The world is in the grips of what some call the “4th Industrial Revolution.” In recent years, digital technology has reached new heights as continuous innovation and hyperconnectivity bring a steady stream of new developments to manufacturing.
Technologies that are transforming the manufacturing industry
Intelligent machines are improving accuracy and efficiency. These machines have embedded sensors that track specific factors and collect the resulting data. In a convergence of IT and OT, the data is then sent to a server, where the company analyzes it according to need. For example, analytics can measure production speed, material quality, and amount of waste product. The analytics resulting from this IT/OT convergence can to help reduce cost and risk. They can also help improve operational processes.
Artificial intelligence is the ability of a computer to act as an autonomous entity. It must also be self-aware. Experts have not yet been able to confirm true artificial intelligence. Yet intelligent machines are able to perform a wide variety of actions. They can also communicate those actions and any recorded data to other systems. That means they can trigger and coordinate a set of actions without human input.
3D printing is another exciting new technology, offering a quick and flexible alternative to traditional manufacturing. It’s simpler to adapt a design and incorporate improvements. It’s also more cost-effective when a client needs only a small number of parts. For example, Collider 3D prints industrial-grade parts. These used to be available only through traditional manufacturing.
There’s also a lot of focus on the business potential of virtual reality (VR). It’s interesting to note that much of this technology comes from the gaming industry. CIO reports that 2016 will see the launch of a product called Oculus Rift, which will enable global teams to connect in a virtual space and do things such as examine new products in 3D.
New business models are critical to success
It should be clear that some of these developments are disruptive, making many established procedures and processes outdated. As a result, many IM&C companies must rethink their business models.
For example, in the past, a company that relied on parts from a supplier would need to track inventory. When inventory was low, an employee would place an order with the supplier. On the supplier’s end, an employee would process the order and send it to the right department for fulfillment.
Today, digitization has changed this process. Sensors embedded in assembly machines can track inventory. Low inventory triggers an automated order that’s transmitted to the supplier’s system. There, it’s routed to the right department. In short, the order originates in one company and goes to another with no human action required. The companies have de facto integrated their systems.
Note that this is just one example of how business is changing; there are many more. It’s important to understand the potential for heightened efficiency and cost savings. Customers will seek out suppliers that offer this kind of advanced, integrated service. Companies that fail to embrace digital business will lose their competitive advantage.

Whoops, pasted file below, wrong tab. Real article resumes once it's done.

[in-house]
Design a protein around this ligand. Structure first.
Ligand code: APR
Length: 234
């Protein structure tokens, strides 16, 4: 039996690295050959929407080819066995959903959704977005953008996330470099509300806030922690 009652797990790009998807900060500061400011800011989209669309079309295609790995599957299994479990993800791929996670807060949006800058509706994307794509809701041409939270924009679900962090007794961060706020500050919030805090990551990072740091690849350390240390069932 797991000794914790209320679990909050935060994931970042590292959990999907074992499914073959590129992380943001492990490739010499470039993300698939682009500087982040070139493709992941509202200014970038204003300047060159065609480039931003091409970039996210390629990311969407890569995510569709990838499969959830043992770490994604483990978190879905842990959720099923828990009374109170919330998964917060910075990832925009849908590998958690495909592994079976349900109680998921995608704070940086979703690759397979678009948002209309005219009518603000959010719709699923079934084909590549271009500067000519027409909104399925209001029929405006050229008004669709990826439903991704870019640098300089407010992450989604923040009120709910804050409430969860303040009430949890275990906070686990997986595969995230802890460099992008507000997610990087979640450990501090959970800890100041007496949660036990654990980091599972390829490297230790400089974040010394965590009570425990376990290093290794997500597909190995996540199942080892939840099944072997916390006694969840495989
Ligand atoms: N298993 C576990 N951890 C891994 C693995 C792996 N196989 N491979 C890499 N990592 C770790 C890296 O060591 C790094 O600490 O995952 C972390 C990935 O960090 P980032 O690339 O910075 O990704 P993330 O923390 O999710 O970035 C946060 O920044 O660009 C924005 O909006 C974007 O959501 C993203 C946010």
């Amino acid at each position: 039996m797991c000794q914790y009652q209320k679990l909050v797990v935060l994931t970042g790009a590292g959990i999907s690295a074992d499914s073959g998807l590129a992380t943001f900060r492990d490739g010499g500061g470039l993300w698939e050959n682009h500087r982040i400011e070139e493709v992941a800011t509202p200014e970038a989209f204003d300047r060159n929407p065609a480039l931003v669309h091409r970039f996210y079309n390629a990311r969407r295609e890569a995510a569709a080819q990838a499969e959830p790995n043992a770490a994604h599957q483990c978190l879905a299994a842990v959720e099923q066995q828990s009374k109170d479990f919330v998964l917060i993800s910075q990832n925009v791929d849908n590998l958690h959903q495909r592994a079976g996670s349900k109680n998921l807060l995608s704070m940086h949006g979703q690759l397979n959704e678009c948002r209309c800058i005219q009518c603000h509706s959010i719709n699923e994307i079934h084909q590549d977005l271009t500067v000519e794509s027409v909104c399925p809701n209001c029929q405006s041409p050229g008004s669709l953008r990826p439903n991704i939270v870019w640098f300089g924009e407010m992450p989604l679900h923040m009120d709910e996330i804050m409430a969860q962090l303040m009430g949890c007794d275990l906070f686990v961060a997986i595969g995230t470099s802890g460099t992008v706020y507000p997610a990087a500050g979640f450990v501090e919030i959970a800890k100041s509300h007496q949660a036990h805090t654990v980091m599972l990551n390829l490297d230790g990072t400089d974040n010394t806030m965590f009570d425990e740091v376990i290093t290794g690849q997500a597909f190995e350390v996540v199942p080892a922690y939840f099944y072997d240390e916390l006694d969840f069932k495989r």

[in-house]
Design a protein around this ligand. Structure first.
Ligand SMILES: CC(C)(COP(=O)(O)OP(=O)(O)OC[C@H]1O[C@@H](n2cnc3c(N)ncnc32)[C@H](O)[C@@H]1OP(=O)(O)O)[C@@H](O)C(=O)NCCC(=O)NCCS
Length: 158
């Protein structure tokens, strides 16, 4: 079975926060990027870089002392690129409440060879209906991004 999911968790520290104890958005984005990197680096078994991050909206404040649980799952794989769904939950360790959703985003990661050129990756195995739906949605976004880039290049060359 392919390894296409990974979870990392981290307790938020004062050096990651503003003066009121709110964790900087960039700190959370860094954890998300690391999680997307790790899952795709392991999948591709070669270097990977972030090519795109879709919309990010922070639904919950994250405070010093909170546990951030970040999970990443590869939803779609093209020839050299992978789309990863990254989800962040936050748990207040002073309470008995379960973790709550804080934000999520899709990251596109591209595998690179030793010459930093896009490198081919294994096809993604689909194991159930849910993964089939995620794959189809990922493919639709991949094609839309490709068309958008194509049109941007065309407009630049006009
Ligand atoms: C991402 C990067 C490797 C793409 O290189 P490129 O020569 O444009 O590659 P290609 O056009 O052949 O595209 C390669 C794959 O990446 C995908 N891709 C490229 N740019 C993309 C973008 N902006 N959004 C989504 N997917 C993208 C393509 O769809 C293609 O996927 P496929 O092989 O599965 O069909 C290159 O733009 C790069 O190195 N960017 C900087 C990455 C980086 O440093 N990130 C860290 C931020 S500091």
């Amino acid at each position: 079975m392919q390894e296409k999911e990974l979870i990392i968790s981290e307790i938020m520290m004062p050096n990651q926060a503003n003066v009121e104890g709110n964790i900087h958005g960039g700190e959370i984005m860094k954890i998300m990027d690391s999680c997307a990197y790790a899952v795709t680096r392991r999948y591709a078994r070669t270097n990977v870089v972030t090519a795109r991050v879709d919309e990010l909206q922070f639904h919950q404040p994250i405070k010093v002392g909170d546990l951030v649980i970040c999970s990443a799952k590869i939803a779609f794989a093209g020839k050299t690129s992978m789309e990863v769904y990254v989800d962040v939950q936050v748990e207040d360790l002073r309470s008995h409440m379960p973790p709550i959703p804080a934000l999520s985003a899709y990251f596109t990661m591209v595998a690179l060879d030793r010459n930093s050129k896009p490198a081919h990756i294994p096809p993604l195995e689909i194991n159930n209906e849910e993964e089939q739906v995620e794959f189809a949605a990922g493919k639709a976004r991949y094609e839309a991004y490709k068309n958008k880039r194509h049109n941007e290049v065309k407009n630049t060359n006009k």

Asking the right questions to innovate business models
To remain competitive, companies need to ask themselves the right questions: How can we add to our customers’ value chains? What are our customers’ requirements and expectations? What digital capabilities can I offer?
Many digital business processes now involve integration of two or more companies’ systems. It’s logical, then, that companies can offer better services when they collaborate. The question then becomes, “How can we work together to create good outcomes?”
For example, intelligent machines and IT/OT can form integrated systems between many companies. These systems can operate an entire supply chain. Production then becomes faster, better, and more cost-effective. Risk is lower because the companies coordinate their procedures and materials.
Production processes can include 3D printers to streamline production segments such as prototype creation. 3D printing is flexible, so engineers can use it to tweak designs increment by increment. Manufacturing companies can outsource this process to smaller, specialized 3D printing firms. That keeps costs and capital investment down.
Virtual reality offers risk reduction and cost savings. Engineers can test products completely in VR and review them for performance and flaws. Again, the potential of outsourcing VR to specialized companies adds value. Companies do not need to invest in purchasing the equipment and expertise themselves.
Collaboration with quality partners reduces risk and keeps capital investment low. It allows companies to work together and profit from each other’s strengths, forming a “business ecosystem.” In this ecosystem, partners rely on each other for performance, productivity, and profit. By doing this, they can add to their customers’ value chains. And that, in turn, ensures that their customers return for more business.
Visit Industrial Manufacturing. Reimagined for the new economy to learn more about digital transformation for IM&C.